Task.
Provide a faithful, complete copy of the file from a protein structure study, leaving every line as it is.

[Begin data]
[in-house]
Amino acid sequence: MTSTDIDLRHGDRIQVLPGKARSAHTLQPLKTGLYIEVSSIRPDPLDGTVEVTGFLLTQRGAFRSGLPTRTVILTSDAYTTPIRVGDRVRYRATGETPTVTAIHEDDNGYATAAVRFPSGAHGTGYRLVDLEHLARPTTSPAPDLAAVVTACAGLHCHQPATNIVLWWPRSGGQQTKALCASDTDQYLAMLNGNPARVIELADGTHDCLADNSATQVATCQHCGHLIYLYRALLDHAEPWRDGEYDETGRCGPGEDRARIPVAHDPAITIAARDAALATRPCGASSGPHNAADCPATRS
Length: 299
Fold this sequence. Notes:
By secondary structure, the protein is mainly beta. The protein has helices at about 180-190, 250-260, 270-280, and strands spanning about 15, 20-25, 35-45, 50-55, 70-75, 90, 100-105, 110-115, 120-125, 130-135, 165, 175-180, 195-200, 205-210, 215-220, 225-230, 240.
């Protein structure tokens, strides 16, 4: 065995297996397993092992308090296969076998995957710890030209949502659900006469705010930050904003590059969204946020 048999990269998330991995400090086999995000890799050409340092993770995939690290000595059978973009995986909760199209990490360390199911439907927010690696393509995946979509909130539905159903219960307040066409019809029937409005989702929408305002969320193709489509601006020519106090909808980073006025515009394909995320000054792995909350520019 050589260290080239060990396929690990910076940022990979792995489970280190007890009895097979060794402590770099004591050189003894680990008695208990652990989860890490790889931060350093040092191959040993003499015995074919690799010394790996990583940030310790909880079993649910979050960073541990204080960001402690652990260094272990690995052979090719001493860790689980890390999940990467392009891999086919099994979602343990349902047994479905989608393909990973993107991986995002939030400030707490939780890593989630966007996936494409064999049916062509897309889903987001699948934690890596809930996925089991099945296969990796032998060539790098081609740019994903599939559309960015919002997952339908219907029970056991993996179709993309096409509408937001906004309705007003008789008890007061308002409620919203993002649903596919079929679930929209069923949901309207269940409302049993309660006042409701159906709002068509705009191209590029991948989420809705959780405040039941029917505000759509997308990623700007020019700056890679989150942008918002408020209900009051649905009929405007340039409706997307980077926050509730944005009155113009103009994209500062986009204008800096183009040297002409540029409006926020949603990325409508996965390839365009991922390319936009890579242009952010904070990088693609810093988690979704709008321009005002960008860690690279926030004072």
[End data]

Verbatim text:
[in-house]
Amino acid sequence: MTSTDIDLRHGDRIQVLPGKARSAHTLQPLKTGLYIEVSSIRPDPLDGTVEVTGFLLTQRGAFRSGLPTRTVILTSDAYTTPIRVGDRVRYRATGETPTVTAIHEDDNGYATAAVRFPSGAHGTGYRLVDLEHLARPTTSPAPDLAAVVTACAGLHCHQPATNIVLWWPRSGGQQTKALCASDTDQYLAMLNGNPARVIELADGTHDCLADNSATQVATCQHCGHLIYLYRALLDHAEPWRDGEYDETGRCGPGEDRARIPVAHDPAITIAARDAALATRPCGASSGPHNAADCPATRS
Length: 299
Fold this sequence. Notes:
By secondary structure, the protein is mainly beta. The protein has helices at about 180-190, 250-260, 270-280, and strands spanning about 15, 20-25, 35-45, 50-55, 70-75, 90, 100-105, 110-115, 120-125, 130-135, 165, 175-180, 195-200, 205-210, 215-220, 225-230, 240.
């Protein structure tokens, strides 16, 4: 065995297996397993092992308090296969076998995957710890030209949502659900006469705010930050904003590059969204946020 048999990269998330991995400090086999995000890799050409340092993770995939690290000595059978973009995986909760199209990490360390199911439907927010690696393509995946979509909130539905159903219960307040066409019809029937409005989702929408305002969320193709489509601006020519106090909808980073006025515009394909995320000054792995909350520019 050589260290080239060990396929690990910076940022990979792995489970280190007890009895097979060794402590770099004591050189003894680990008695208990652990989860890490790889931060350093040092191959040993003499015995074919690799010394790996990583940030310790909880079993649910979050960073541990204080960001402690652990260094272990690995052979090719001493860790689980890390999940990467392009891999086919099994979602343990349902047994479905989608393909990973993107991986995002939030400030707490939780890593989630966007996936494409064999049916062509897309889903987001699948934690890596809930996925089991099945296969990796032998060539790098081609740019994903599939559309960015919002997952339908219907029970056991993996179709993309096409509408937001906004309705007003008789008890007061308002409620919203993002649903596919079929679930929209069923949901309207269940409302049993309660006042409701159906709002068509705009191209590029991948989420809705959780405040039941029917505000759509997308990623700007020019700056890679989150942008918002408020209900009051649905009929405007340039409706997307980077926050509730944005009155113009103009994209500062986009204008800096183009040297002409540029409006926020949603990325409508996965390839365009991922390319936009890579242009952010904070990088693609810093988690979704709008321009005002960008860690690279926030004072």